Four affiliated companies filed petitions for relief under Chapter 11 of the bankruptcy code and elected to proceed under Subchapter V.
One of the companies, Premier Capital Investment Company, LLC, amended its petition to proceed not as a Subchapter V debtor, but as a single asset real estate (“SARE”) debtor
The four debtors shared common ownership sufficient to render them affiliates as defined under 11 U.S.C. §101(2)(B).
The three other affiliate debtors had total aggregate debt less than the $7,500,000 maximum and otherwise qualified for eligibility under Subchapter V (11 U.S.C. § 101(51D).
But if the debts of Premier Capital, the SARE affiliate, were included in the aggregate debt calculation, each affiliate would be deemed to exceed the $7,500,000 maximum aggregate debt.
To meet the “small business” designation under 11 U.S.C. § 101(51D), a debtor must meet both subparts (A) and (B). The debtors argued that because subpart (A) excludes single asset real estate debtors from the definition of small business debtors, the debt of Premier Capital should not count toward the aggregate debt. But subpart (B) limits the definition of subpart (A) to exclude any debtor whose debt, plus the debt of its affiliates, exceeds $7,500,000. The court ruled that Premier Capital, even though excluded from SBRA treatment under 11 U.S.C. § 101(51D)(A), was nevertheless an affiliate for the purposes of aggregating the debt among all four affiliates. This disqualified the otherwise qualifying affiliates from proceeding as small business debtors under 11 U.S.C. § 101(51D).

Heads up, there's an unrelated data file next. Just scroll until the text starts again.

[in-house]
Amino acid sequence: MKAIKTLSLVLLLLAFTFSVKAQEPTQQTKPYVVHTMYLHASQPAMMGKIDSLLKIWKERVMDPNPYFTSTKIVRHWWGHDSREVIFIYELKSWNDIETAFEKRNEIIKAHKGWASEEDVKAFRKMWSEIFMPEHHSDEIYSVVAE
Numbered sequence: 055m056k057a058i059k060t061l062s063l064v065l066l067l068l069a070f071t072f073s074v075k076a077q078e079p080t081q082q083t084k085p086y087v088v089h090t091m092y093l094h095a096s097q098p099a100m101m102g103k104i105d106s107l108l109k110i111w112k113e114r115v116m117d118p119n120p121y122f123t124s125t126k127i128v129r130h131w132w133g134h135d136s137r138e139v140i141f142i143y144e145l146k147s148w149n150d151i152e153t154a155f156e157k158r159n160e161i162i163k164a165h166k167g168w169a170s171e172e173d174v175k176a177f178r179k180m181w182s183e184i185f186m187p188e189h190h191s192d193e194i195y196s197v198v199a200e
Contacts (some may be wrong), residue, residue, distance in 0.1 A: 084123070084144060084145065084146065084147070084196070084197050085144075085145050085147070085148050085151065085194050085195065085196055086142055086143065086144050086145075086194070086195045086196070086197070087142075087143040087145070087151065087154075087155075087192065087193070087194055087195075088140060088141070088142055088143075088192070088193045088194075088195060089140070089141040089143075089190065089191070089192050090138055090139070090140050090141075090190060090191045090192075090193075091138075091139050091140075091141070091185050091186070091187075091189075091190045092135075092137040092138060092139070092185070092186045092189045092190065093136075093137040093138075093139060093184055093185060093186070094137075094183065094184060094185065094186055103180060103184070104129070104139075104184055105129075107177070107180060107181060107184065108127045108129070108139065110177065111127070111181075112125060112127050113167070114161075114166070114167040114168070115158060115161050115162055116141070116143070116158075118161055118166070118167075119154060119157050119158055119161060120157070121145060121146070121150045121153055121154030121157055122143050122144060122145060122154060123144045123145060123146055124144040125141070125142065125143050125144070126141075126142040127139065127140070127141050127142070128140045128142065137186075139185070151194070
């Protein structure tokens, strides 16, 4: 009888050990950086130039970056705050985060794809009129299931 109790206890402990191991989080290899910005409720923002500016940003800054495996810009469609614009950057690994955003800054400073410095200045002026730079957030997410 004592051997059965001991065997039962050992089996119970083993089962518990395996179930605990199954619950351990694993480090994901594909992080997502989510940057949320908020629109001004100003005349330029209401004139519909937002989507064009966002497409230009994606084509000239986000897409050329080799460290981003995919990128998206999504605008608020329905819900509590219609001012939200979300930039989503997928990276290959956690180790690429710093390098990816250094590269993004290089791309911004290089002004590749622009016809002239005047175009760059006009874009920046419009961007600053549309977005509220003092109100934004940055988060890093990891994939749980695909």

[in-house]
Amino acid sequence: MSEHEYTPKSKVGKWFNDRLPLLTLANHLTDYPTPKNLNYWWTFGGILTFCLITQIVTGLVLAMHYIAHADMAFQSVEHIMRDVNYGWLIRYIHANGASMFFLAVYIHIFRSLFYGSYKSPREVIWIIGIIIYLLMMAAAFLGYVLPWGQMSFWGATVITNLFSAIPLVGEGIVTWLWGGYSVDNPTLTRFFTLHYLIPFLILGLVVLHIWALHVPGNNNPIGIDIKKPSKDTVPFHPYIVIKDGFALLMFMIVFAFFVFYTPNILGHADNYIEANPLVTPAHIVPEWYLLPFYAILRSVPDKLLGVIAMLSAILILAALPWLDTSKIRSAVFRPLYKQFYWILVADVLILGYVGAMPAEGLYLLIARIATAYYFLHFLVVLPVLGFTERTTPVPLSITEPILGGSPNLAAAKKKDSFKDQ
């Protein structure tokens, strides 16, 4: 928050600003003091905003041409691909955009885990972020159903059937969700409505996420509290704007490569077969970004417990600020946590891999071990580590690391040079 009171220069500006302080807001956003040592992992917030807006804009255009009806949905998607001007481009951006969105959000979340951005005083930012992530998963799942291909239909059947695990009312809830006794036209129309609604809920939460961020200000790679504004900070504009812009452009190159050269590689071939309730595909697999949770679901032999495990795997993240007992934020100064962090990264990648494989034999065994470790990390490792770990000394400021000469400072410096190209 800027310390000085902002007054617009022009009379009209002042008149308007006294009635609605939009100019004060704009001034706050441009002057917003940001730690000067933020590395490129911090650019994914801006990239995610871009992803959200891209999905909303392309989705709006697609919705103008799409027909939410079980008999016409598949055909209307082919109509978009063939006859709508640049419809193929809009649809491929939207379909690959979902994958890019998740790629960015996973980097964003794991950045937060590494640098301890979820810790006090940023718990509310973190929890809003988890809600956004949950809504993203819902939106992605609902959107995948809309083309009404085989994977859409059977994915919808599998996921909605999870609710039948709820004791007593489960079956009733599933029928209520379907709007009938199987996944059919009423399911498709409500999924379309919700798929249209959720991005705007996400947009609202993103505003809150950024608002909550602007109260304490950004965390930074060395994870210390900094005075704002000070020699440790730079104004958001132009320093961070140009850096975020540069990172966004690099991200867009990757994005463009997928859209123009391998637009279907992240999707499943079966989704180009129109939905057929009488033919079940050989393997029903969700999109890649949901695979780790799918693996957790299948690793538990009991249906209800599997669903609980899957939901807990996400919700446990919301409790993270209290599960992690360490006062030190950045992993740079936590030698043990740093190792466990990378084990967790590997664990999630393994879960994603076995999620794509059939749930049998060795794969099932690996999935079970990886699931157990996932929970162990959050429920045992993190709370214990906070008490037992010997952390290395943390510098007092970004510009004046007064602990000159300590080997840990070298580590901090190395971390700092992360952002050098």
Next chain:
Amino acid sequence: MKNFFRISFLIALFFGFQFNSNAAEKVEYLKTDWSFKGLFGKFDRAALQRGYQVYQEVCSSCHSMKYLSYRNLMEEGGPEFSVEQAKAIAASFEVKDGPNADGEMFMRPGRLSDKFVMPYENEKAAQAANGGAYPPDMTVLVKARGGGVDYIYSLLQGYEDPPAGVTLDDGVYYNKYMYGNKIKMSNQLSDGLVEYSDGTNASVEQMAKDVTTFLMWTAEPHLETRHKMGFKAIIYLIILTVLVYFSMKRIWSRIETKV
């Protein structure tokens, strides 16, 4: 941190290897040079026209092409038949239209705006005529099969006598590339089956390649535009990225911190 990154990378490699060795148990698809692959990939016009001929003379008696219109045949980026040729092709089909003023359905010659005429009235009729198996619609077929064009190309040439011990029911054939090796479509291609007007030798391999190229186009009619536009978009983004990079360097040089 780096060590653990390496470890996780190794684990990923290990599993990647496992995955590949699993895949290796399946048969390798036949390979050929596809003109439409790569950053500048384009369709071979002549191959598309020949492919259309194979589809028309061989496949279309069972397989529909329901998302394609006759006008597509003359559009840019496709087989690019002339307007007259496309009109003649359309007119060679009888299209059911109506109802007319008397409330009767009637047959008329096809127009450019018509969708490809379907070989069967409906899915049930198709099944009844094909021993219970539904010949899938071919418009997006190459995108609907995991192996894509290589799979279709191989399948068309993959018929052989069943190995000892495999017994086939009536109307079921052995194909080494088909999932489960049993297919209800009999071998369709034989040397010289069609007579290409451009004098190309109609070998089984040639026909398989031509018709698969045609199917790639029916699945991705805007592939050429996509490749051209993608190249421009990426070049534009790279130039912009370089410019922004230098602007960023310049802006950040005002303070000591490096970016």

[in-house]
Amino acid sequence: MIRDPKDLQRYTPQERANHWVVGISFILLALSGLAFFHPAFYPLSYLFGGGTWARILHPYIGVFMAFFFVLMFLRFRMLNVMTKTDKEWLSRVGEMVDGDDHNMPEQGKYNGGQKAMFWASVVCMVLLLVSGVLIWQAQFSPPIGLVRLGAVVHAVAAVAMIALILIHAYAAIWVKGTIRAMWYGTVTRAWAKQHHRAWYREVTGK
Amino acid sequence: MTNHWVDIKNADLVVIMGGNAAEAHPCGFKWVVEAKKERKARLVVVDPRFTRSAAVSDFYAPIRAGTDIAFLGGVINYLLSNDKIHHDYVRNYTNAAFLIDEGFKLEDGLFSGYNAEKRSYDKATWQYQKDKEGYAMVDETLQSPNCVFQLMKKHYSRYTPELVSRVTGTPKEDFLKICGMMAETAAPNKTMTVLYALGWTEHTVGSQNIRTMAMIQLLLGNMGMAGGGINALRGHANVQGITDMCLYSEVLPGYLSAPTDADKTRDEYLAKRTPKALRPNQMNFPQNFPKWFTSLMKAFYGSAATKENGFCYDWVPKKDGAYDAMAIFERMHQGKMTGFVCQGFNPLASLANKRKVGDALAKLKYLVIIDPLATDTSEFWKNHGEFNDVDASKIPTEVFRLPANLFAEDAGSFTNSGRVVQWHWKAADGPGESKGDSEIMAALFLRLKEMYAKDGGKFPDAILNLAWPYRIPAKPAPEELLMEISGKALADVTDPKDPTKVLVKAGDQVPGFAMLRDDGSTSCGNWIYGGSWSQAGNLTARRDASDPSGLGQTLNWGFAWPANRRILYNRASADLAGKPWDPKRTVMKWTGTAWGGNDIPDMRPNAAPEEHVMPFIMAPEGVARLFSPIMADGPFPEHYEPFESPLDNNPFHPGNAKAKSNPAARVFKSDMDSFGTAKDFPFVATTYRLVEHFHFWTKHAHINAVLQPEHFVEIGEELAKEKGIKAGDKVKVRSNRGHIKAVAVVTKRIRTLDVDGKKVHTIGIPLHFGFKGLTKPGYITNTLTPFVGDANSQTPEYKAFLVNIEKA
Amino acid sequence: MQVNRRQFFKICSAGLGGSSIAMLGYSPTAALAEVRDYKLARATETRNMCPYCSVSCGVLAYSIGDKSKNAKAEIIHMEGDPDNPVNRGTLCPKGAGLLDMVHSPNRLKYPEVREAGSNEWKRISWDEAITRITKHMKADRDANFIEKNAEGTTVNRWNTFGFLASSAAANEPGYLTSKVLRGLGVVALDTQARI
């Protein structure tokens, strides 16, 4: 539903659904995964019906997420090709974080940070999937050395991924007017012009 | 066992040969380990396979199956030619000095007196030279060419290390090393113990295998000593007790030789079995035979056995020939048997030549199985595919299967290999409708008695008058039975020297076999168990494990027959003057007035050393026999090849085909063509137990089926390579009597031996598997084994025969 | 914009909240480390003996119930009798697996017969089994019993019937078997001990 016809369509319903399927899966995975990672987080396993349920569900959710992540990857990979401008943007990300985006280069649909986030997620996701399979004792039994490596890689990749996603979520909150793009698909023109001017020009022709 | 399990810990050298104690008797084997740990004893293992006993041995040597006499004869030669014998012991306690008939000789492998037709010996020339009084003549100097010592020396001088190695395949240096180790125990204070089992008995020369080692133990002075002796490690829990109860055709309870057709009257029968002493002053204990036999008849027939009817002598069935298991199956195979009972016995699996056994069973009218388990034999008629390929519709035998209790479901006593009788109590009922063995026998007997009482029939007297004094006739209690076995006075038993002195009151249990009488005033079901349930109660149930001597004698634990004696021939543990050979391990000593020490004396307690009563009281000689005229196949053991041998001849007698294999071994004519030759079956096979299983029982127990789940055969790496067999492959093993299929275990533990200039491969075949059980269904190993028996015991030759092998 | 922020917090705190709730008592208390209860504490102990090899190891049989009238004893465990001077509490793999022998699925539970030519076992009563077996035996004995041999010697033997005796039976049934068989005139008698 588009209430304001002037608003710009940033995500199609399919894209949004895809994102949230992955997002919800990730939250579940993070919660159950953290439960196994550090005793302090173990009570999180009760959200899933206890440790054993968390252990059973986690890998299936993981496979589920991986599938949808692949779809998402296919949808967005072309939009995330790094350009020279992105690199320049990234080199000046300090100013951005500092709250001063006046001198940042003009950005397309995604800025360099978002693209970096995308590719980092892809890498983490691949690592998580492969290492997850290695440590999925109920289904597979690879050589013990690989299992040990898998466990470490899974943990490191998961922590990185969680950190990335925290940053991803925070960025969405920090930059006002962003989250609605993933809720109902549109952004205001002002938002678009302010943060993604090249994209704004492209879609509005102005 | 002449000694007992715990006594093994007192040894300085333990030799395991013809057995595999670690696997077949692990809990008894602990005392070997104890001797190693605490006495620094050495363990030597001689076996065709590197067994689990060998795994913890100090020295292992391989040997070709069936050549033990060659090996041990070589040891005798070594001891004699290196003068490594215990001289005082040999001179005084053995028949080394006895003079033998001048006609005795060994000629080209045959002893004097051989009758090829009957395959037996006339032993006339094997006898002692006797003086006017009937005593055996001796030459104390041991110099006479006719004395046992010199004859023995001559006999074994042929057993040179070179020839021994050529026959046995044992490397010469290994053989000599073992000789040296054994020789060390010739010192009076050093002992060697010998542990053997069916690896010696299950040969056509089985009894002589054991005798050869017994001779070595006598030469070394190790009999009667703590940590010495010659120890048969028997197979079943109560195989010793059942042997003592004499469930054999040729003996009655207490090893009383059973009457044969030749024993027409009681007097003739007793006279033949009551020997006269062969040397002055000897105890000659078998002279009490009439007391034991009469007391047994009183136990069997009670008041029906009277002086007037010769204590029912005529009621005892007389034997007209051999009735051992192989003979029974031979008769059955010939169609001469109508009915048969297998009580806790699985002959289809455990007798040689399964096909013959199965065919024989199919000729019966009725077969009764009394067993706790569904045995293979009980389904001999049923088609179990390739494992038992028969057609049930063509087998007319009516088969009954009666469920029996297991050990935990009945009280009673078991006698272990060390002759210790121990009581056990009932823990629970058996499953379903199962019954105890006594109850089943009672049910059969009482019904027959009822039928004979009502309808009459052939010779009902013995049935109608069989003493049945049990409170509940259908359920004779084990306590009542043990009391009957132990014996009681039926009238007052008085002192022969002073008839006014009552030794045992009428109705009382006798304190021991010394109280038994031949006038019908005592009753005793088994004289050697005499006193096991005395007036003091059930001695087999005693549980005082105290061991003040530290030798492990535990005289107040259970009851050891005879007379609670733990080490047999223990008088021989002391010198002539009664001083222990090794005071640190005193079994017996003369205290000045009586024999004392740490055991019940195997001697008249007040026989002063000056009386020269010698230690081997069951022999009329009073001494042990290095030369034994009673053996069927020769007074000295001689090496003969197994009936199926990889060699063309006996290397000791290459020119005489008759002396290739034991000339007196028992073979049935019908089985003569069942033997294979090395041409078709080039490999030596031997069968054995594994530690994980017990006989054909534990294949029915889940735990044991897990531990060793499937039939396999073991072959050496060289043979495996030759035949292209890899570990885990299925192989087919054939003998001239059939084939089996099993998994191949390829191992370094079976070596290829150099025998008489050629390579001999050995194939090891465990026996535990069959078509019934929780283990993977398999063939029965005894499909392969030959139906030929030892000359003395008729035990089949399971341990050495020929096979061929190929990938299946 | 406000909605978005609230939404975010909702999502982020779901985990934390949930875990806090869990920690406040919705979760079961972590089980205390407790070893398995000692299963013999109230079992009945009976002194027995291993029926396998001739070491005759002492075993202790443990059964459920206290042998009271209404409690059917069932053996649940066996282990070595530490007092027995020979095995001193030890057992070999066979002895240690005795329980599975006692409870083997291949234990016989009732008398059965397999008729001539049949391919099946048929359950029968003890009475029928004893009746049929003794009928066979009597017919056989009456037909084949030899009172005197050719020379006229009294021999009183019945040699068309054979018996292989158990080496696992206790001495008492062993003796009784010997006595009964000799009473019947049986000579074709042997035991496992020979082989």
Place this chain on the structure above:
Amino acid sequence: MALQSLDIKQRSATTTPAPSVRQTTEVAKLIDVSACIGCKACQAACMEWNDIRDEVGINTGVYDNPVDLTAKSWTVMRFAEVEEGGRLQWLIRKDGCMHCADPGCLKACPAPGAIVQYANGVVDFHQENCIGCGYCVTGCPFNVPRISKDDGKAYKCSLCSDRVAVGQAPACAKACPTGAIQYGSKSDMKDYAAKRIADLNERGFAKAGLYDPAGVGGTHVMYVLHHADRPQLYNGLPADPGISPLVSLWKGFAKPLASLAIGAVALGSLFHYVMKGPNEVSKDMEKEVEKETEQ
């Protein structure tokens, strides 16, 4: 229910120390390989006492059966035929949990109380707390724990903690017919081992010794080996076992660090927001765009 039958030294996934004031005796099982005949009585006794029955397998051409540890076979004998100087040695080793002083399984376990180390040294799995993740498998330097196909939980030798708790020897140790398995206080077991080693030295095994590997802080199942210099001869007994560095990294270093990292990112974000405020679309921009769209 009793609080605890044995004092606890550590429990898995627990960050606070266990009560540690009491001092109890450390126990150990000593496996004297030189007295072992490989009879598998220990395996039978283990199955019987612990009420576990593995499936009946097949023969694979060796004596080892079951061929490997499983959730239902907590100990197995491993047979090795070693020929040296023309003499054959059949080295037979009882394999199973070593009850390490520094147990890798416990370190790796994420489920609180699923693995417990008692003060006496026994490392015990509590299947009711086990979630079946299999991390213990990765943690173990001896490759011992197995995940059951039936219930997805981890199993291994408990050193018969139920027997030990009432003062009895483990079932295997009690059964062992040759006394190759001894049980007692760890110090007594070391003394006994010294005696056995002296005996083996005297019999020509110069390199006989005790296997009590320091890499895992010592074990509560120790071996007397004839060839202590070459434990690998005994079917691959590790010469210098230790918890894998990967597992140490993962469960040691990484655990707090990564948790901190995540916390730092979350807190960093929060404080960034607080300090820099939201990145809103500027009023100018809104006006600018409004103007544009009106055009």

305 Petroleum furthers our understanding of 11 U.S.C. 101(51D) and reminds us of the significance of the $7,500,000 debt limit for the debtor and its affiliates for electing to proceed under Subchapter V.
 In re 305 Petroleum, Inc., N.D Miss. (10/27/2020), 1010 Bankr. LEXIS 3008, 2020 WL 6363718